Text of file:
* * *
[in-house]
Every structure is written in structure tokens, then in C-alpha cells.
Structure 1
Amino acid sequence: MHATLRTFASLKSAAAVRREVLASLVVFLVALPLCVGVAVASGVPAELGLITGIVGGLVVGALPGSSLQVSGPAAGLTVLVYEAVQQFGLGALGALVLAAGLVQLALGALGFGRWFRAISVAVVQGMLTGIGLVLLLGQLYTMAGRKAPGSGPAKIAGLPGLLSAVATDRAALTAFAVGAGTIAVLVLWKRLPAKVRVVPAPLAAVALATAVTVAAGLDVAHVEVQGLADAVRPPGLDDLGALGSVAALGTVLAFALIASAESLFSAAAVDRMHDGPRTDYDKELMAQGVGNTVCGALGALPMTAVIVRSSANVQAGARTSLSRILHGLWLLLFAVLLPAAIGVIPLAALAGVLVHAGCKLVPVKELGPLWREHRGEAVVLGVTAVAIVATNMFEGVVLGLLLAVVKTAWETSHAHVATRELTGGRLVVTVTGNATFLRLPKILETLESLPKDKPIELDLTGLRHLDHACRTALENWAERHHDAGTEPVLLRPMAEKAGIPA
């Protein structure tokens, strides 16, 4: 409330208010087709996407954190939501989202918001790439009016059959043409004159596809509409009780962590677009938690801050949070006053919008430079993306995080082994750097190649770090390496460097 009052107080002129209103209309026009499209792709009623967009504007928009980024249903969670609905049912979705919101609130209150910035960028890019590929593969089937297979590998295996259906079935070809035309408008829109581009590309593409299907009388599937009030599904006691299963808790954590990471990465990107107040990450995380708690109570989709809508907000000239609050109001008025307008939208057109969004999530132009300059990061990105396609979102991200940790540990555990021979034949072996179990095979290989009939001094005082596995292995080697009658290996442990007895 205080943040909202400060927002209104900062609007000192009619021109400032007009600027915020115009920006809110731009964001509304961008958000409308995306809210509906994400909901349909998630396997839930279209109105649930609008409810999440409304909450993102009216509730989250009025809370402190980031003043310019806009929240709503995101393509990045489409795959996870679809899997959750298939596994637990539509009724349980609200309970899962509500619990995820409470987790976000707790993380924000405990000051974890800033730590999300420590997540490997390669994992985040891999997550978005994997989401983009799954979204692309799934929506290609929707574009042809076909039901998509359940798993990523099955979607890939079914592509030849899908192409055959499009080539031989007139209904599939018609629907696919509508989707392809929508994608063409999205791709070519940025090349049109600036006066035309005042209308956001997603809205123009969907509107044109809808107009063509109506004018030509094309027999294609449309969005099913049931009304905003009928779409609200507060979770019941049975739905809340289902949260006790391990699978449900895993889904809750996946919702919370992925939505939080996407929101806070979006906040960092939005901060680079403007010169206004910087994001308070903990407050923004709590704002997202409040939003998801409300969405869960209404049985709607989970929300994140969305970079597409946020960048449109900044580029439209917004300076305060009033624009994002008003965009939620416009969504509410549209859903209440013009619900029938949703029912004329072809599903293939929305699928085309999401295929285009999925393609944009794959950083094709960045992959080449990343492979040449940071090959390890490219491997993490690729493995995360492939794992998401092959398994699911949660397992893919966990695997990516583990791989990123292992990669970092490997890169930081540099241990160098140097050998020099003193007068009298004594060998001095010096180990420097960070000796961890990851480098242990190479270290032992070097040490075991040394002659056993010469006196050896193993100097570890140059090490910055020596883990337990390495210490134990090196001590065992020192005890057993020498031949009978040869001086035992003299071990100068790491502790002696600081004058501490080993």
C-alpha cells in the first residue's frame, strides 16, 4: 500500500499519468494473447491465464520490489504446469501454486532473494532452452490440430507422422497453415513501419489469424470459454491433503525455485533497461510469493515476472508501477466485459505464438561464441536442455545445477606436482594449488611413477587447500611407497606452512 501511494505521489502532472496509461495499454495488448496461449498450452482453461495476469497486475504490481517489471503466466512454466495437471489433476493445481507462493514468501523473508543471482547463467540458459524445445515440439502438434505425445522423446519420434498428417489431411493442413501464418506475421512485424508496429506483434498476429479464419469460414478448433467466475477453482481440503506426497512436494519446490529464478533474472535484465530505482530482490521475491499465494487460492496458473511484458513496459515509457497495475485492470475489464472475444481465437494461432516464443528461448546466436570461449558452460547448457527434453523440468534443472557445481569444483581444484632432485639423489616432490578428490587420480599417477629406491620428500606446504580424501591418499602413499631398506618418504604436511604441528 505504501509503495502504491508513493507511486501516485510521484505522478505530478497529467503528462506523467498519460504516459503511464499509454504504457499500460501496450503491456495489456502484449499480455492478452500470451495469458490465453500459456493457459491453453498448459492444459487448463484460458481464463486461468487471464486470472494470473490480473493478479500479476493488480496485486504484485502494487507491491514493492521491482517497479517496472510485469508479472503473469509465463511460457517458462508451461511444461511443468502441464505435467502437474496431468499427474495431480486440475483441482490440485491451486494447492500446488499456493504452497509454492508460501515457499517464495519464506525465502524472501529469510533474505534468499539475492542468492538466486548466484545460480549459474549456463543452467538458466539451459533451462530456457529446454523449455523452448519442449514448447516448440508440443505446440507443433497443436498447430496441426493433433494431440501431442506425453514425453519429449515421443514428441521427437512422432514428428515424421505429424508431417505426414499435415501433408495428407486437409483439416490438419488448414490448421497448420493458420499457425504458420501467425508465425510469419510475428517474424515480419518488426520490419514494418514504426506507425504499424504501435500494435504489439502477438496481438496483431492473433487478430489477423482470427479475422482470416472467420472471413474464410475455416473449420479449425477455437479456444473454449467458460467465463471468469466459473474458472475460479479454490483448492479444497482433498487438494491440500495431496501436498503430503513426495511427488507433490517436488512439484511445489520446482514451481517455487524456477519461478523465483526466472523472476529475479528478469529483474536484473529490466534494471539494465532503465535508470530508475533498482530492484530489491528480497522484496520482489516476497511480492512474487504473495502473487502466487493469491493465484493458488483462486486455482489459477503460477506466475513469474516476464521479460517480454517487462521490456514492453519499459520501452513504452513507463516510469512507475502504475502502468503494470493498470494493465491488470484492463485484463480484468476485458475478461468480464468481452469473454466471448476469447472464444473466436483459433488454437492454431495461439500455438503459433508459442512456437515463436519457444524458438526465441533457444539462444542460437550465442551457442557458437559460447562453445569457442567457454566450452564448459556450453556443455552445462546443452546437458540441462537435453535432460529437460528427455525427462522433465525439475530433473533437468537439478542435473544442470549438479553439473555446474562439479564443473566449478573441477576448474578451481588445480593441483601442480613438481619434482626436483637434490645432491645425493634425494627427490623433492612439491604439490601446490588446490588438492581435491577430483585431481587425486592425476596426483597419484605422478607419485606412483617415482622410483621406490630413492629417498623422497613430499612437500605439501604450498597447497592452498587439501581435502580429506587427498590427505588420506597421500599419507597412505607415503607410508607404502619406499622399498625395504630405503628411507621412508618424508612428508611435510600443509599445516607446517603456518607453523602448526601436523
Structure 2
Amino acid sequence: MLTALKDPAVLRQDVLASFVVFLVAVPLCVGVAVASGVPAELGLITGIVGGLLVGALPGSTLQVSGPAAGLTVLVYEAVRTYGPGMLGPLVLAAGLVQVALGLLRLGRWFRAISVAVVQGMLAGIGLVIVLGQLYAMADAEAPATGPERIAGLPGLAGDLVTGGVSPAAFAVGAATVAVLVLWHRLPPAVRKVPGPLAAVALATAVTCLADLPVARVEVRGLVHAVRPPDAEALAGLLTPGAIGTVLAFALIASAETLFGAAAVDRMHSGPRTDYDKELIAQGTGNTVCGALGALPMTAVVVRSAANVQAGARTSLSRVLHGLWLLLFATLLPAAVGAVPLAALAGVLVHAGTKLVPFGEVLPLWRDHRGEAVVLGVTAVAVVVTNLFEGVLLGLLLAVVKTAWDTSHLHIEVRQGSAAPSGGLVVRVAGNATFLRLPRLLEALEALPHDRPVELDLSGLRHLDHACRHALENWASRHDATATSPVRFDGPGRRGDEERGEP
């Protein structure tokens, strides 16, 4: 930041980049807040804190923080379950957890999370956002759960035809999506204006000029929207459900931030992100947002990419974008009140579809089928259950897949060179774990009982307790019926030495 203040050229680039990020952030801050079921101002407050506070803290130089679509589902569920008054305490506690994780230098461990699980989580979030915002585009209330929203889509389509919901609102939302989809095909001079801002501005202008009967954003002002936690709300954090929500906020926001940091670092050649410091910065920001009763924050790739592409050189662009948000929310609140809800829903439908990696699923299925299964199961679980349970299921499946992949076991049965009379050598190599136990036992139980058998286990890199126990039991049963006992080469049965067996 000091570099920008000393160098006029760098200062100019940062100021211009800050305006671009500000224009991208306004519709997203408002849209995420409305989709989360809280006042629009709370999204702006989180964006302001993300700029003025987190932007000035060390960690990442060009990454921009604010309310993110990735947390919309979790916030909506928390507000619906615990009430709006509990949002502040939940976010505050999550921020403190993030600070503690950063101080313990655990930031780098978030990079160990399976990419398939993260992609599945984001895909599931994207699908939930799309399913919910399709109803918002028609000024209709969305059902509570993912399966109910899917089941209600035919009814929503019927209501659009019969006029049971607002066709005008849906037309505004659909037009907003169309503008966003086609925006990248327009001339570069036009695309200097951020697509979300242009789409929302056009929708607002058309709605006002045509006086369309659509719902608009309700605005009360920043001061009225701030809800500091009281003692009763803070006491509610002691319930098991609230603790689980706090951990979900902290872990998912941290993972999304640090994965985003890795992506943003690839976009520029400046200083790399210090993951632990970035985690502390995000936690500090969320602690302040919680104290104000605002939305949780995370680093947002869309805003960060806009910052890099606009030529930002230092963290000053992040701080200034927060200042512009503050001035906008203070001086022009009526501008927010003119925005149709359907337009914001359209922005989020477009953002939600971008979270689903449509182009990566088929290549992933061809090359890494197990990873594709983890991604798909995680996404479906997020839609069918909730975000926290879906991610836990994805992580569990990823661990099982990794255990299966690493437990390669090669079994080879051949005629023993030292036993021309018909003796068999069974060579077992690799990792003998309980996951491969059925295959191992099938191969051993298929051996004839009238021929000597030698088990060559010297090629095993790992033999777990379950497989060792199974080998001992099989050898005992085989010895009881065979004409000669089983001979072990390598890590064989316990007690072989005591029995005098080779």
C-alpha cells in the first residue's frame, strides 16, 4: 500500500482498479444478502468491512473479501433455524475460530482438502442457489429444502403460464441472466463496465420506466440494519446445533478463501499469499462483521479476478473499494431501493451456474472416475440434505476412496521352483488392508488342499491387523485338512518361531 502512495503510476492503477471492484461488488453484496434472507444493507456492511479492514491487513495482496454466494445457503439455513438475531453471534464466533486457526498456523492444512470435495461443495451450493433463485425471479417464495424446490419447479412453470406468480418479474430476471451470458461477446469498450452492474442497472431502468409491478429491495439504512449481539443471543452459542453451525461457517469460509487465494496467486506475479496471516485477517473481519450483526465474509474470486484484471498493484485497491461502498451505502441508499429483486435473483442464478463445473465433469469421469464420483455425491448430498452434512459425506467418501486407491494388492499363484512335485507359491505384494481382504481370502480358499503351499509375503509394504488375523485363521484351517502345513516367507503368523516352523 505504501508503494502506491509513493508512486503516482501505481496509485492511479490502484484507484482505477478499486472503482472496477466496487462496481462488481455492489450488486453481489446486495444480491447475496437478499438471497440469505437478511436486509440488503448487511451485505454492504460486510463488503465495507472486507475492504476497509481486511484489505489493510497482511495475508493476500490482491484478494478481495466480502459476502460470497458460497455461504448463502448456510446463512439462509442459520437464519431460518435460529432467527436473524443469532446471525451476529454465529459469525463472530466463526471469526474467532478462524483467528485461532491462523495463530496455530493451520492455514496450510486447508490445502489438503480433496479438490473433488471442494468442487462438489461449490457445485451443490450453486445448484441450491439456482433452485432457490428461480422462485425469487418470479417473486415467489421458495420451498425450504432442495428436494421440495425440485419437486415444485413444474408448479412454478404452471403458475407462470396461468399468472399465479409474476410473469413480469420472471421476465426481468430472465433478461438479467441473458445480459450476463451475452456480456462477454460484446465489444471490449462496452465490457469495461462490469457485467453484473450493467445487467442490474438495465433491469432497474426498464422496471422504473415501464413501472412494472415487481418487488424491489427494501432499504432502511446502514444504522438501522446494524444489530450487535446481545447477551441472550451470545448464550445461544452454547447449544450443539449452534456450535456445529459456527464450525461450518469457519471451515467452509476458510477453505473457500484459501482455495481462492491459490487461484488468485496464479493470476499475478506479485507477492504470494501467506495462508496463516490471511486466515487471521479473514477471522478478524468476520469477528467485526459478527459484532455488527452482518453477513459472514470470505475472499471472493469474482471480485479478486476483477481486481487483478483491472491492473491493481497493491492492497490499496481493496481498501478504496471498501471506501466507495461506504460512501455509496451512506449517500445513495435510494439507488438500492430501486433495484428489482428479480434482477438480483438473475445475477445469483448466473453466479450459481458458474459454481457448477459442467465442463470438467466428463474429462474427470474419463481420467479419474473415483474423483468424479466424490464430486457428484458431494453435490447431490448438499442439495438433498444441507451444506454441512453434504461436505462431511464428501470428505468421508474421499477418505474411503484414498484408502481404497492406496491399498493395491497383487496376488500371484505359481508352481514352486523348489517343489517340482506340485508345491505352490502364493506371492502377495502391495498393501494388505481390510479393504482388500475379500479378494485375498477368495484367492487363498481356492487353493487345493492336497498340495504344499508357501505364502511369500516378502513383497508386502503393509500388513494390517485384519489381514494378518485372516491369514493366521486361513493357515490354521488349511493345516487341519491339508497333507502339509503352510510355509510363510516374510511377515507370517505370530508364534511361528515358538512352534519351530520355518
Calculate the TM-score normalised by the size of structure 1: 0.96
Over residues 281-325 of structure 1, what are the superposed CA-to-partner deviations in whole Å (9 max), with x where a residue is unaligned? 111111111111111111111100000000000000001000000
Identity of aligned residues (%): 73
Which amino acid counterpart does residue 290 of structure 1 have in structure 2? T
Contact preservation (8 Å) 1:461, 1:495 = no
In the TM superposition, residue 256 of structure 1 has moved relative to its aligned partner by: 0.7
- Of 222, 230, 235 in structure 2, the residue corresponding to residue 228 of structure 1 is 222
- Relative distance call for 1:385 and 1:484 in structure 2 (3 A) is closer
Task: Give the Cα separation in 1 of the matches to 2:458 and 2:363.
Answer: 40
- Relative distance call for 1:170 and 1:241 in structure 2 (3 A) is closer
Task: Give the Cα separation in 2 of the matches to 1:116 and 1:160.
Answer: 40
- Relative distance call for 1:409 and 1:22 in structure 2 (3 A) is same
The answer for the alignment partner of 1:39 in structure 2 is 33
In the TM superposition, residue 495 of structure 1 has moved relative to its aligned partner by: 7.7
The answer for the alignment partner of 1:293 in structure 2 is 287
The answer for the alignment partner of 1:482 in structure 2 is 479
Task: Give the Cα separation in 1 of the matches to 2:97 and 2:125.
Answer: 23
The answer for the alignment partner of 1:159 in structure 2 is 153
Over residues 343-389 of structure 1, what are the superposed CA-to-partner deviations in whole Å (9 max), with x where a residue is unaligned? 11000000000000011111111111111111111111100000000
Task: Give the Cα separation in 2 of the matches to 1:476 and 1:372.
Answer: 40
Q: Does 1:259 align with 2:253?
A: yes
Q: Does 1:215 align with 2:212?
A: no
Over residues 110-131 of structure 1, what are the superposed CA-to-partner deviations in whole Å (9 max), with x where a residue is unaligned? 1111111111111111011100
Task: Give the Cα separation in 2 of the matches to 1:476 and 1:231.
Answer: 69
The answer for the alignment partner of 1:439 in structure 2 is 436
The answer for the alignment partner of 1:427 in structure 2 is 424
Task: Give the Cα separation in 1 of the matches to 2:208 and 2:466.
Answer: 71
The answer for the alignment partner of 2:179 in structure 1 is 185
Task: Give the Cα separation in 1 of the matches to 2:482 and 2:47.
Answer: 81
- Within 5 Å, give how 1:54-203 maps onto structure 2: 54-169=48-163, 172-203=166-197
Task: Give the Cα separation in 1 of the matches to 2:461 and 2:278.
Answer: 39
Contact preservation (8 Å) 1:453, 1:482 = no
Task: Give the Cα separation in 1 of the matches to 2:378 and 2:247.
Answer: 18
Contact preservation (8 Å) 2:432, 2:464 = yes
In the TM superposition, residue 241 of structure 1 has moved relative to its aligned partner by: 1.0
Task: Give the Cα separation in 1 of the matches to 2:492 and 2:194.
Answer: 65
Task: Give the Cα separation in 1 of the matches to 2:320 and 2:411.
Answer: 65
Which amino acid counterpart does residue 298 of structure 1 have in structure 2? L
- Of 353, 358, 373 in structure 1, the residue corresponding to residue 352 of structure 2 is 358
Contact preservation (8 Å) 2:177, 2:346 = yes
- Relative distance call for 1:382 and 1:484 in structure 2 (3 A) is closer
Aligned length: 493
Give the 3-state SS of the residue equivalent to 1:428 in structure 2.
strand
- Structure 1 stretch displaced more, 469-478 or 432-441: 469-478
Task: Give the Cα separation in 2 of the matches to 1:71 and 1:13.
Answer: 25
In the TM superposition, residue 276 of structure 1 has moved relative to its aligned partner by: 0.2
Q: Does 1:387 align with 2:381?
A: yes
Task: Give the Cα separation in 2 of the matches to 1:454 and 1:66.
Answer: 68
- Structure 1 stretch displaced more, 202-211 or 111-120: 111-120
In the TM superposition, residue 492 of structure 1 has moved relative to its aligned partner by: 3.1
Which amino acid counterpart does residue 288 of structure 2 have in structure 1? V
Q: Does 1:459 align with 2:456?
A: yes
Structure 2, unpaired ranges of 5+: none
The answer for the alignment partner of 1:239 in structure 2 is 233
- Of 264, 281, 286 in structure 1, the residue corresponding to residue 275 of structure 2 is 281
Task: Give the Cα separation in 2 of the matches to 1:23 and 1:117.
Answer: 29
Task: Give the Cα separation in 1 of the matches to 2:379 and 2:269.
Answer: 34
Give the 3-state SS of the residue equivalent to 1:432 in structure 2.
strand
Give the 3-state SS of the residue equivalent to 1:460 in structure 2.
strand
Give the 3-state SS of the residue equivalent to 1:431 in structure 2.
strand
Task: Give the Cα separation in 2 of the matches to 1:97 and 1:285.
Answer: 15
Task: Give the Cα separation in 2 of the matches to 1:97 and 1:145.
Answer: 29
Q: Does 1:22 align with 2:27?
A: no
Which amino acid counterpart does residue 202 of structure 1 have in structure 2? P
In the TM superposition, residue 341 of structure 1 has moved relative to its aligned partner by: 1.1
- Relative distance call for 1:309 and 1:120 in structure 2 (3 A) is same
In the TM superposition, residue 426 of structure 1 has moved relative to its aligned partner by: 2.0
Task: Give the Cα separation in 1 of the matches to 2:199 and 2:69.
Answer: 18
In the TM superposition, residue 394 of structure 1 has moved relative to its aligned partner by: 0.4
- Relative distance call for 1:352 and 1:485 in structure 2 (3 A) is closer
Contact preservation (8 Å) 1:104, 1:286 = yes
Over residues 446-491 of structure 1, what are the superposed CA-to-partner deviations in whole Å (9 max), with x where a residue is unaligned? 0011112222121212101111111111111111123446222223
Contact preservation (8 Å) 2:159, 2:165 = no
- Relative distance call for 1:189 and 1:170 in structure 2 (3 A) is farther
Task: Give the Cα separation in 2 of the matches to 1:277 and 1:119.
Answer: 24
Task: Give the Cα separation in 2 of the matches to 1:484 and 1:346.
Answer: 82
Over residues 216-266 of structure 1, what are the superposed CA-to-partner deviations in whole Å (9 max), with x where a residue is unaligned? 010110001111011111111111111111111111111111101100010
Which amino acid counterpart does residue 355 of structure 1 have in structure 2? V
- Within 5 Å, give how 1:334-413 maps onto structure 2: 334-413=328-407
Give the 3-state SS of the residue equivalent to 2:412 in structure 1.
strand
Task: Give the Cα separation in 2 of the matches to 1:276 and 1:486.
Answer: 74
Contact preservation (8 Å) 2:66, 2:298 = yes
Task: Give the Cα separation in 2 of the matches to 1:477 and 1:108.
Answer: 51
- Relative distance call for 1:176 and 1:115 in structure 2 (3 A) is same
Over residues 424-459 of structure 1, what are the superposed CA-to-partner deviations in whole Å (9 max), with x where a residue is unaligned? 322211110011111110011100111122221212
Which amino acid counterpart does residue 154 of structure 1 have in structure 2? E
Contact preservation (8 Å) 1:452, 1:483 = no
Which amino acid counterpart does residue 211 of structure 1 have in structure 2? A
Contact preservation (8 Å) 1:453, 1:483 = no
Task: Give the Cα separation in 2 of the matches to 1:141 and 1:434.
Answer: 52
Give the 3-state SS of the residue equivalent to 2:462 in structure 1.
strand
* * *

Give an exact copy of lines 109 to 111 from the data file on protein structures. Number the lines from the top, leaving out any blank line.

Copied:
Over residues 446-491 of structure 1, what are the superposed CA-to-partner deviations in whole Å (9 max), with x where a residue is unaligned? 0011112222121212101111111111111111123446222223
Contact preservation (8 Å) 2:159, 2:165 = no
- Relative distance call for 1:189 and 1:170 in structure 2 (3 A) is farther